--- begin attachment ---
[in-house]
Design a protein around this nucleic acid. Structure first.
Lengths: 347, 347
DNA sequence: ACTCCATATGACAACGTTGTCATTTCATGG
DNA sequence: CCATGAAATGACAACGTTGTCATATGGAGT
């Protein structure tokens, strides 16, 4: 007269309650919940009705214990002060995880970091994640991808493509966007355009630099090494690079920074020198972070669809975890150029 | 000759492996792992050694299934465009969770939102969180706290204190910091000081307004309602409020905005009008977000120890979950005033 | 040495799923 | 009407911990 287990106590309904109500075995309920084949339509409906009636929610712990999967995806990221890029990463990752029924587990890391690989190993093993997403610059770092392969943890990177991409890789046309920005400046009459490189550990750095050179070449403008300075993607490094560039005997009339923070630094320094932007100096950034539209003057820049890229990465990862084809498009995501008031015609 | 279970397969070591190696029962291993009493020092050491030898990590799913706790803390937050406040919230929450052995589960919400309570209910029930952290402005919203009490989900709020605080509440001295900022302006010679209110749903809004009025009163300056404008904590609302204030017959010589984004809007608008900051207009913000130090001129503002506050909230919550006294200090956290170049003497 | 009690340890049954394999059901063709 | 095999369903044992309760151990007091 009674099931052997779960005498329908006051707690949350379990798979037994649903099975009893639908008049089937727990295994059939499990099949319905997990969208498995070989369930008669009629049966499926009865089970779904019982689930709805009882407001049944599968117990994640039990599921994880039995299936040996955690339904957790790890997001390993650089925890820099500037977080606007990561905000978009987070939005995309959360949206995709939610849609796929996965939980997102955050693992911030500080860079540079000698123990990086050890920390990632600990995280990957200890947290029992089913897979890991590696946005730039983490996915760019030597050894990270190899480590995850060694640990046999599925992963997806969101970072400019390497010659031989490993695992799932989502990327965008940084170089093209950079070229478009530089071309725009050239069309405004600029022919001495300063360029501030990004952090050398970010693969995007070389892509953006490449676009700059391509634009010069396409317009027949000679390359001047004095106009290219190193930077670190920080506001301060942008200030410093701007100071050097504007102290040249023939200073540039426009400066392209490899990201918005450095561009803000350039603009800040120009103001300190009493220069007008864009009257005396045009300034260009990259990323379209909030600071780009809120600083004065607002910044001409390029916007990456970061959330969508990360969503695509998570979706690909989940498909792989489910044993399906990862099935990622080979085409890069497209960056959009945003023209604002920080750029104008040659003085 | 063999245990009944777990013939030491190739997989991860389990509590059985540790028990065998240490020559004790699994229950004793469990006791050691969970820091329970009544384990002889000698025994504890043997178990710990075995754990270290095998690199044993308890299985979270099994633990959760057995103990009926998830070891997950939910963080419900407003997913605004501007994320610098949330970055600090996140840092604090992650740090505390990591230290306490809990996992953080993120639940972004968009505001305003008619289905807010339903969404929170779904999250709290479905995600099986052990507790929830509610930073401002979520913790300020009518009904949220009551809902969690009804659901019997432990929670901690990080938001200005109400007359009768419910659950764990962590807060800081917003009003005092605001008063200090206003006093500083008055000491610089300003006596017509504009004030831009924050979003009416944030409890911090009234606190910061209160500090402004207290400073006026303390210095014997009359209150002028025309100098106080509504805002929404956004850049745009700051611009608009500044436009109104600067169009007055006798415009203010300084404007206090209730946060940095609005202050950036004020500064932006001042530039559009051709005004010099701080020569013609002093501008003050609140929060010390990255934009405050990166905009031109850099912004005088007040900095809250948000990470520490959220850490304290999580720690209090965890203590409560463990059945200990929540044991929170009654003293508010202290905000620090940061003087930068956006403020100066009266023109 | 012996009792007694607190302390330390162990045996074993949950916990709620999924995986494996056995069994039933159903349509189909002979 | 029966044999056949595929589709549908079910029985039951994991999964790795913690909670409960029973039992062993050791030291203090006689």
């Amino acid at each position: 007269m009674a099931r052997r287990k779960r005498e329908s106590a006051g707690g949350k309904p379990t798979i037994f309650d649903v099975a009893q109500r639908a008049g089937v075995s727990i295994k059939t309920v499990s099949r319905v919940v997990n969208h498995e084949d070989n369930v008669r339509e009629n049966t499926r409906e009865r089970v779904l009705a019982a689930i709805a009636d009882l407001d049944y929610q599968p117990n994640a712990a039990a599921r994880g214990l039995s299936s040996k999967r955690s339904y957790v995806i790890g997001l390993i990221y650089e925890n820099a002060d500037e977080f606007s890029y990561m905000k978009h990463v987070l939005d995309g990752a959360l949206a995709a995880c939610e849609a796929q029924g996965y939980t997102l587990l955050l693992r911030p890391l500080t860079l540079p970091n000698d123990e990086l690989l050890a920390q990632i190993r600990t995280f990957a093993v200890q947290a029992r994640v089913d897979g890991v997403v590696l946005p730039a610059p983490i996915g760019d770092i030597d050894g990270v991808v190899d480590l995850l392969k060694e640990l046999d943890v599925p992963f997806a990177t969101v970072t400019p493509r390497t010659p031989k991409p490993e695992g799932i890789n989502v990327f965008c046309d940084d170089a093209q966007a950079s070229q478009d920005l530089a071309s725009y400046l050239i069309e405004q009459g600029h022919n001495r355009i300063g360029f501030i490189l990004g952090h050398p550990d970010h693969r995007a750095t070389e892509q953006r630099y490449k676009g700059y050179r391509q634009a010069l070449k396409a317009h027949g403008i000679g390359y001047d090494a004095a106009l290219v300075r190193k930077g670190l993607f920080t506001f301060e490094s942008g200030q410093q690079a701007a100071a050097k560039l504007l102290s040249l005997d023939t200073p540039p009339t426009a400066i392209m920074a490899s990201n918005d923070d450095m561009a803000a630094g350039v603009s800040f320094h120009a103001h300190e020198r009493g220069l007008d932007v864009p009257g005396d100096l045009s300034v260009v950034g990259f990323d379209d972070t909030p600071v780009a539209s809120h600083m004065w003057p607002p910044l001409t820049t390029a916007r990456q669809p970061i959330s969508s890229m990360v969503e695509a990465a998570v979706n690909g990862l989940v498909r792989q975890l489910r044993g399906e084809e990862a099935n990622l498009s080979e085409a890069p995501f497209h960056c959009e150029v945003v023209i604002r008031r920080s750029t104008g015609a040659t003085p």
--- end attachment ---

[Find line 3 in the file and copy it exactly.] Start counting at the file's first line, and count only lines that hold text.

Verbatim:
Lengths: 347, 347